Super User is a question and answer site for computer enthusiasts and power users. It's 100% free, no registration required.

Sign up
Here's how it works:
  1. Anybody can ask a question
  2. Anybody can answer
  3. The best answers are voted up and rise to the top

Column A has the product ID. There are 102 other columns with other data. Column A will be unique unless some data was changed. In that case, there will be 2 rows with 99% of the columns are identical, except for the change.

Is there any way to indicate which columns are different within the same product ID?

In the example below, for ID: 2, column C is the differentiation. For ID: 5, column E is.

spreadsheet screenshot

share|improve this question
Do you mean a way to indicate which ROWS are different? The question isn't terribly phrased, but it's difficult to make sense out of your situation. – Wutnaut Jul 1 '14 at 19:18
I know which rows are duplicates since the ID is the same. We need which COLUMNS are different. Will add an image above to clarify. – Joe Z Jul 1 '14 at 19:26
I know how to do this for 2 columns, not sure how to make it work for 102 columns... Anyways I do it by highlighting the 2 columns then in the top ribbon choose Conditional formatting -> Highlight cell rules -> More rules... -> Format only unique or duplicate values (choose unique from drop-down). I hope this information is enough to put you on the correct path because I'm quickly reaching my excel depth. – Wutnaut Jul 1 '14 at 20:17
@Wutnaut, doesn't seem to be within the scope of the ID. Also, there are 13171 rows. – Joe Z Jul 1 '14 at 20:37
Well, if it's possible, it's through conditional formatting. 102 columns with 13k rows and you want to show which are unique... good luck. – Wutnaut Jul 1 '14 at 20:43

So this depends on how you want to get your output, but what I would do in your situation, if there's not a reason that you can't, is to write a simple macro in VBA that scans across all columns and either returns the location of the different column, creates a link to that cell, or highlights the differing values.

The macro could flow like this:

  1. Get value in the current cell
  2. Check cells above and below until a different value appears. This gives you your range of rows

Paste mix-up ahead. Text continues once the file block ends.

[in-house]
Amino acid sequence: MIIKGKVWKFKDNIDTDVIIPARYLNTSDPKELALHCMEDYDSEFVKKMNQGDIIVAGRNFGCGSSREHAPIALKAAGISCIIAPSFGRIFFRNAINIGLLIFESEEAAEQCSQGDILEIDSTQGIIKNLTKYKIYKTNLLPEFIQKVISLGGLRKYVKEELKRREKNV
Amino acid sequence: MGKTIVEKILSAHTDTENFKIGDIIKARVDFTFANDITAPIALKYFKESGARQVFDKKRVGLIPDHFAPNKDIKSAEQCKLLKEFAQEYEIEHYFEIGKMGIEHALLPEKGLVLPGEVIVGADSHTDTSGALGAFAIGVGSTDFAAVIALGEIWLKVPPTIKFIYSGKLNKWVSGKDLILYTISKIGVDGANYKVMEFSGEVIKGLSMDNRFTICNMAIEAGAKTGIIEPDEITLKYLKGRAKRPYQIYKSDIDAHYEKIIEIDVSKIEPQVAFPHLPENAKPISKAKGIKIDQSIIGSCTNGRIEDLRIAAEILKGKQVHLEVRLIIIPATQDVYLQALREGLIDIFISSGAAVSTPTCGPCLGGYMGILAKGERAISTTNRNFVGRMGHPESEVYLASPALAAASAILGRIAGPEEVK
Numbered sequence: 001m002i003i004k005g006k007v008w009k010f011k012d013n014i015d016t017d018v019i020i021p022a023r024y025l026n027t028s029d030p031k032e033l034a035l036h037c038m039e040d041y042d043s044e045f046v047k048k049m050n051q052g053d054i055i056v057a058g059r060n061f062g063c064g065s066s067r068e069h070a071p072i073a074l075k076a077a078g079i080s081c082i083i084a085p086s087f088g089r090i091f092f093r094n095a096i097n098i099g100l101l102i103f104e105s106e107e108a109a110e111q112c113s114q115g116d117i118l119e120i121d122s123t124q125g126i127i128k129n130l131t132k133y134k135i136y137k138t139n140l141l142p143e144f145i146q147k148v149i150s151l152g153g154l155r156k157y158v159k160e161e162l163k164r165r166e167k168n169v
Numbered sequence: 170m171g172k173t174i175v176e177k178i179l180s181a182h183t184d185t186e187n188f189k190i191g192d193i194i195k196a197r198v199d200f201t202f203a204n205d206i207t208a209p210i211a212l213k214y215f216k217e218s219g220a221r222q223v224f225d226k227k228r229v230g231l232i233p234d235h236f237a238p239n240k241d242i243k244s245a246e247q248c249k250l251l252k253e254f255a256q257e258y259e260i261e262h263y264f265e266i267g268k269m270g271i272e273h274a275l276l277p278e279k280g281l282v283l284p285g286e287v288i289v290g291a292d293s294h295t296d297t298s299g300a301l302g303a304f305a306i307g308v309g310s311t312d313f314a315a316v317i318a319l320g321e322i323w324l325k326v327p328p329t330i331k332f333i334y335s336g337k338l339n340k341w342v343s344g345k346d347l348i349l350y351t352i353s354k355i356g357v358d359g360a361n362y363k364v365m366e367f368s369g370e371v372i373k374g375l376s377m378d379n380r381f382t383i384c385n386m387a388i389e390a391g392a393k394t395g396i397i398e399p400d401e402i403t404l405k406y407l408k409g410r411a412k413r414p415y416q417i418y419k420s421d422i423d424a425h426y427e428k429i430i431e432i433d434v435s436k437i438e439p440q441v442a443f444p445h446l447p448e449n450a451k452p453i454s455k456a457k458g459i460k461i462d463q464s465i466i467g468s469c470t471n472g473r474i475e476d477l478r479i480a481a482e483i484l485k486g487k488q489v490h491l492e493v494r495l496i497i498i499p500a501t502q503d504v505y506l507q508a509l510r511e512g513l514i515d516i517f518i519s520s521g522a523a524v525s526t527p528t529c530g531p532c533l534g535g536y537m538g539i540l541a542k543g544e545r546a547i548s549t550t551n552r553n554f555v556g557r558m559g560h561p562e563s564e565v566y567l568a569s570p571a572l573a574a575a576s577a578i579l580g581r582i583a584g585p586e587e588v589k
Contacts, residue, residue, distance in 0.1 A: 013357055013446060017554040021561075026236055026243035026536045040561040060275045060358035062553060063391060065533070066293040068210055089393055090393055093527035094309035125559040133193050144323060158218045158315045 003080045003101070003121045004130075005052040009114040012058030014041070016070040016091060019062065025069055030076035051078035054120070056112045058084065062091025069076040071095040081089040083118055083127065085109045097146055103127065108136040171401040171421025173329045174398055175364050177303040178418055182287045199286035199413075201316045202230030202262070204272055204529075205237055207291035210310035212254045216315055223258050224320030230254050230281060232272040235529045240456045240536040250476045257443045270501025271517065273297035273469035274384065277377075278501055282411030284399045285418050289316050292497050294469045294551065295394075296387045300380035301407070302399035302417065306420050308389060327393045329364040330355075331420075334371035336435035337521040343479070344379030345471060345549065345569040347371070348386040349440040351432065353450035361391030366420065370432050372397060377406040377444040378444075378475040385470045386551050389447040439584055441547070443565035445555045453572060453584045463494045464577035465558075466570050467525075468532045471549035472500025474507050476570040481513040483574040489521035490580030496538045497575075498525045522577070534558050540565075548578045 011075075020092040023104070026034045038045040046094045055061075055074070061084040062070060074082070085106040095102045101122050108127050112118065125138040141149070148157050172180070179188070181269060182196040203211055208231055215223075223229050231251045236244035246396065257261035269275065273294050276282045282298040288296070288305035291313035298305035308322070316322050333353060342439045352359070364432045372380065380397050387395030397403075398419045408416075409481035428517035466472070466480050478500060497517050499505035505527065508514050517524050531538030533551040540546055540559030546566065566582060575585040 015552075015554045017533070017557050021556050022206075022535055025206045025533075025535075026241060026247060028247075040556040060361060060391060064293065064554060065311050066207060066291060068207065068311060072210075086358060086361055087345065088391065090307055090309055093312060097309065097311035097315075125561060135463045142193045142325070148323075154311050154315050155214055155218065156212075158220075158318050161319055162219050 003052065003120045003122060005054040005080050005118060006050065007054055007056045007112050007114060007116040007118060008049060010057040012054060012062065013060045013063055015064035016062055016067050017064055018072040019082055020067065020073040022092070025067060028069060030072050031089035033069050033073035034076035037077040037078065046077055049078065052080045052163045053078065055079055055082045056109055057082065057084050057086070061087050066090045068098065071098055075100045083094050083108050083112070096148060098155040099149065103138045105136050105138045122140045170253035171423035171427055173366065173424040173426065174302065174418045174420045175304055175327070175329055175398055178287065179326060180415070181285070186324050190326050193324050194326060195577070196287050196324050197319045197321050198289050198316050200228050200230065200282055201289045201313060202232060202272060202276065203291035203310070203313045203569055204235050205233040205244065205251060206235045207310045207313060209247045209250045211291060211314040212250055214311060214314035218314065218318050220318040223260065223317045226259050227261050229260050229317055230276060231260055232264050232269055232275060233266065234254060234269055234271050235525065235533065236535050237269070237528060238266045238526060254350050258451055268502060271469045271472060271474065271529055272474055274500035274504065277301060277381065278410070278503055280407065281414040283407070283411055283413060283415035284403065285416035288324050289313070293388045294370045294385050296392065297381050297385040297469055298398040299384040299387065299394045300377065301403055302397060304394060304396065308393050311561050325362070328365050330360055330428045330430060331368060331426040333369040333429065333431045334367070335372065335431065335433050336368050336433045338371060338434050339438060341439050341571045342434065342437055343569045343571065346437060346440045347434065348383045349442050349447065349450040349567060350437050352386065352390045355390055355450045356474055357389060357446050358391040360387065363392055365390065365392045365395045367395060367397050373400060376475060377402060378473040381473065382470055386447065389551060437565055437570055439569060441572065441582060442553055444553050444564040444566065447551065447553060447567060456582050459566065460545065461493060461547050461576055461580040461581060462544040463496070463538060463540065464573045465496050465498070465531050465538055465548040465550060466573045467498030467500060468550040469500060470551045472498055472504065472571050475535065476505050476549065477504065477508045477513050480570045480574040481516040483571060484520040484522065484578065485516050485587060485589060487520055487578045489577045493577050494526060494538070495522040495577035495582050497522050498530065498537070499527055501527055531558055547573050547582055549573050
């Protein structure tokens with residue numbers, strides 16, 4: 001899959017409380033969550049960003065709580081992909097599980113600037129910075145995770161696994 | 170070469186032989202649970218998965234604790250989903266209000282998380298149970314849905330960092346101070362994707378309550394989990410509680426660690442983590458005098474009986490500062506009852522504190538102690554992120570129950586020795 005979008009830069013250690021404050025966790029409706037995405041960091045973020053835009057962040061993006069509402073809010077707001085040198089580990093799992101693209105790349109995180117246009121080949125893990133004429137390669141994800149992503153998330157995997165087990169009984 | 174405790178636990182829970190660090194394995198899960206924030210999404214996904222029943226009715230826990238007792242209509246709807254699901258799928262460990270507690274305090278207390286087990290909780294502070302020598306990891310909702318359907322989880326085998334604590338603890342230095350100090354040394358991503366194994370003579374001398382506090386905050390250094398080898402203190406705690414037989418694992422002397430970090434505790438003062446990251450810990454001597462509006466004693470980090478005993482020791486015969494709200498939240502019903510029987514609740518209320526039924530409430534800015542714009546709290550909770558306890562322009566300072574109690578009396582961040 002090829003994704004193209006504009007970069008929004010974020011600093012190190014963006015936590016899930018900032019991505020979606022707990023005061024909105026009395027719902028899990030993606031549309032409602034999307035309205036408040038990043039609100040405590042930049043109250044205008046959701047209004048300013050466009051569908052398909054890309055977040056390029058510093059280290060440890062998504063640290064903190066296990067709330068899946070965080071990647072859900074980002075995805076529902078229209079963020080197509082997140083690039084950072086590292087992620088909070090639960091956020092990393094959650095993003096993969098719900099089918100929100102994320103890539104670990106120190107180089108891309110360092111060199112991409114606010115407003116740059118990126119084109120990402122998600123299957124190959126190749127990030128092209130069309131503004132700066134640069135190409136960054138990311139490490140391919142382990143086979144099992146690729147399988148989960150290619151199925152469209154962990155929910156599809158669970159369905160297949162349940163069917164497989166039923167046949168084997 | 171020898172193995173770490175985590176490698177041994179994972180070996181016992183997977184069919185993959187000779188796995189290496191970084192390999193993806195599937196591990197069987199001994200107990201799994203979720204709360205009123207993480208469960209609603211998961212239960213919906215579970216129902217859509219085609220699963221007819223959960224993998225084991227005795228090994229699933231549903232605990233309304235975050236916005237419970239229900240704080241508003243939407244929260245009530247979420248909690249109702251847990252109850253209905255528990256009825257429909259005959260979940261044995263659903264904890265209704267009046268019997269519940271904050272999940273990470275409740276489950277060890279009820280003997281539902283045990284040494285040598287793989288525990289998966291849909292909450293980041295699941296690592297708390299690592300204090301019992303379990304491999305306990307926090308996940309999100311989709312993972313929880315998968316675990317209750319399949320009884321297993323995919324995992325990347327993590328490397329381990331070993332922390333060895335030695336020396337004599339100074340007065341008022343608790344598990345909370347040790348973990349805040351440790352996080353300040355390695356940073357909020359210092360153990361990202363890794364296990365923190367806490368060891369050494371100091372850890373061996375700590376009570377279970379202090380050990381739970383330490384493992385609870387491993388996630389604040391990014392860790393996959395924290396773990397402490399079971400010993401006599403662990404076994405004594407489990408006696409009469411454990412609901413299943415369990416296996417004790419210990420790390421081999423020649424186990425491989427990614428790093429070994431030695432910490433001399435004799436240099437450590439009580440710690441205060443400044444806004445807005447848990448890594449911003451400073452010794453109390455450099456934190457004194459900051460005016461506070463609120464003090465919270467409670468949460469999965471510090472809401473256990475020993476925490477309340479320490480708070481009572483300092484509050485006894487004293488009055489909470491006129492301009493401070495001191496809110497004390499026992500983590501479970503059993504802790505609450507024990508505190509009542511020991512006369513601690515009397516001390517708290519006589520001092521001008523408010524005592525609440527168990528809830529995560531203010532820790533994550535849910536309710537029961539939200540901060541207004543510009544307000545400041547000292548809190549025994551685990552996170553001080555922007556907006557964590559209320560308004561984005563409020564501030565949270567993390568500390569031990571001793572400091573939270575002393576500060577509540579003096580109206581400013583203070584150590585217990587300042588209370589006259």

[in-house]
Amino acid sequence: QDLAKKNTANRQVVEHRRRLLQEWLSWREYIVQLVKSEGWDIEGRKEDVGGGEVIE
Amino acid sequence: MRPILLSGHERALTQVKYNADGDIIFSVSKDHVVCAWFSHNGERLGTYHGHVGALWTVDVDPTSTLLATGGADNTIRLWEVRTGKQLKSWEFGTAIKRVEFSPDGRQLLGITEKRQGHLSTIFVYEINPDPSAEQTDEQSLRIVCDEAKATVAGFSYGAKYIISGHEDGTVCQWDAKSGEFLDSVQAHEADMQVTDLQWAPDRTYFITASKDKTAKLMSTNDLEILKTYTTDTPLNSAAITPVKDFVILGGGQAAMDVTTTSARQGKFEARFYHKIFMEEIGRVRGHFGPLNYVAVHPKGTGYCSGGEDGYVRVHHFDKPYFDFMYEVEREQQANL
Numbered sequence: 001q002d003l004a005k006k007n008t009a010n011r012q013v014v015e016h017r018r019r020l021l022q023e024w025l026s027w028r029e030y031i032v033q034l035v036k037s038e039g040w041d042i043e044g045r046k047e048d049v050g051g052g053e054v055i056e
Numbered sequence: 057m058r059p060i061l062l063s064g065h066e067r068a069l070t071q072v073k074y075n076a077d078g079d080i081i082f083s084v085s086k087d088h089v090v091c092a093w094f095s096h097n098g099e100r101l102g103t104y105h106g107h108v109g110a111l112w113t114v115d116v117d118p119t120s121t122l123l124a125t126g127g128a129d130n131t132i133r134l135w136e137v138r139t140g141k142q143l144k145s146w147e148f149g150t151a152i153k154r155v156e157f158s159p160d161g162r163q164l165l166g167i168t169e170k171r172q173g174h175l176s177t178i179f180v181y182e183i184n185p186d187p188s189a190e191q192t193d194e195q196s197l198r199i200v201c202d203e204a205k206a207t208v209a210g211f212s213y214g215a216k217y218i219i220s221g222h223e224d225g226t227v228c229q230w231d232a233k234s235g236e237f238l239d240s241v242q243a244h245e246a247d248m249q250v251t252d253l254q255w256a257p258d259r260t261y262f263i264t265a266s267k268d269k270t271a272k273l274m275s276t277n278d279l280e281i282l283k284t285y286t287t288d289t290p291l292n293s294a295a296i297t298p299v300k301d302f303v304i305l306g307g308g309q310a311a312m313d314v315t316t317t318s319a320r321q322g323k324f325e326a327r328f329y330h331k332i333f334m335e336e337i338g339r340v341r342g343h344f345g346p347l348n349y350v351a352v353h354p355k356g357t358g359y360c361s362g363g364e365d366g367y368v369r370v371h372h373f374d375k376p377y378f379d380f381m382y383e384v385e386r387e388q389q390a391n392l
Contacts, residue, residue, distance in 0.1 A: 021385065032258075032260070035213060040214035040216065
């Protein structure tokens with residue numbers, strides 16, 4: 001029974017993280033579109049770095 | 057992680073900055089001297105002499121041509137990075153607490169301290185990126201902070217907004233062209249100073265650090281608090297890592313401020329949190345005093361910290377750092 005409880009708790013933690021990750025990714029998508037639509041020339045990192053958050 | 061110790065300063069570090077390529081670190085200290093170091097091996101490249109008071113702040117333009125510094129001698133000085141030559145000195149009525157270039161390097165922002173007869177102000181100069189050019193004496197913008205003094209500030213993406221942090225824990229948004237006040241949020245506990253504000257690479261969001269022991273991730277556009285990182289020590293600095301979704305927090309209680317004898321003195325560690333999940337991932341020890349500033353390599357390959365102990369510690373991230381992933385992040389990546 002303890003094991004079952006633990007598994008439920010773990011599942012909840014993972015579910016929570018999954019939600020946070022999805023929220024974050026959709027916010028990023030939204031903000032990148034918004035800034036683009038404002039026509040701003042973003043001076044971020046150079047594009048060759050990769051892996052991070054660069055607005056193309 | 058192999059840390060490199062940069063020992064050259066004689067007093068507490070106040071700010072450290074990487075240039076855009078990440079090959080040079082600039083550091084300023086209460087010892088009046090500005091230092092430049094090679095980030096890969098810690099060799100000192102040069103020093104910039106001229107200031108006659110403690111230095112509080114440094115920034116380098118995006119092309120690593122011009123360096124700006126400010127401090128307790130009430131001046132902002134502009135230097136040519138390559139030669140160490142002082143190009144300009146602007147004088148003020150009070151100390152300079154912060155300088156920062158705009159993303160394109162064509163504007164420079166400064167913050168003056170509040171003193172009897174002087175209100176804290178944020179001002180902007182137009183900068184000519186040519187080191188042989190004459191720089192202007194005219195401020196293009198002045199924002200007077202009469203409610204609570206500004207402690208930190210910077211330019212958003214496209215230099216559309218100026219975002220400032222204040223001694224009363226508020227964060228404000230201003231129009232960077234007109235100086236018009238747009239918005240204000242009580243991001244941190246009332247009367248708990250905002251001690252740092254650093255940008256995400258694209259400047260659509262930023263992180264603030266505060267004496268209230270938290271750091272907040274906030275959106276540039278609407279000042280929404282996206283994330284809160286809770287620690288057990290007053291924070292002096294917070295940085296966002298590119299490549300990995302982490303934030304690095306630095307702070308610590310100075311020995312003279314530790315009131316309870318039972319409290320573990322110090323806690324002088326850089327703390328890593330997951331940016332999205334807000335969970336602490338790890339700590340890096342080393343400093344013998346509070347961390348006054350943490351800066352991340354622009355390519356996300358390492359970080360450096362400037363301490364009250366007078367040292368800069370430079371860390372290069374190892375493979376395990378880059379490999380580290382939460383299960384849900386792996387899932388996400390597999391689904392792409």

3. For each column after the first, compare those rows
  4. If there's a difference, highlight those cells (for example. You could also return the column letter or number, e.g. D = 4)
share|improve this answer
Ideally, I'd get the output as another column (103rd), which will list the column headers that contain differences. So, column F would list [null, C, C, null, null, E, E] – Joe Z Jul 1 '14 at 21:22
Okay. So it would be reasonably simple to write a macro for this. I'll give you this as food for thought, but if you decide to take this route and have questions, let me know. – Aliden Jul 1 '14 at 21:41
What we did was, import this into SQL, and run GROUP BY on ID, then CONCAT'd the unique values within each group, using a specific character. Any place that has that char, means a merge of differing data. Definitely not the Exel way, but for me, the quickest route to the solution. Would be interesting to see this done in VBA, though. – Joe Z Jul 2 '14 at 13:40

Click in cell B2.  Create a conditional format with the formula

=OR(AND($A1=$A2,B1<>B2), AND($A2=$A3,B2<>B3))

like this:

                                formatting rule

and apply it to your entire data area:

    Rules Manager (shows “Applies To”)

Here’s the result:

                                the worksheet

share|improve this answer
Is this practical for the size of the spreadsheet (102 cols, 13k rows)? – Joe Z Jul 1 '14 at 21:20
I guess it would be. I’d be shocked if 102 columns was a problem; thousands of rows – maybe. But look at what the formula is doing – it’s just looking at the cell above the current cell, the cell below, and the corresponding three cells (same row ±1) in column A. Six cells, four comparisons, and three logical (Boolean) operations – there’s no reason for it to choke. – Scott Jul 1 '14 at 21:28
in one instance (a particular ID), there are 175 duplicate rows, so each check would need to check all other 174 rows – Joe Z Jul 1 '14 at 21:30
I still don’t see a problem. At each cell, it’s six cells, four comparisons, and three logical operations. – Scott Jul 1 '14 at 21:32
Try it already ... sheesh ... – Mike Honey Jul 2 '14 at 0:39

Your Answer


By posting your answer, you agree to the privacy policy and terms of service.

Not the answer you're looking for? Browse other questions tagged or ask your own question.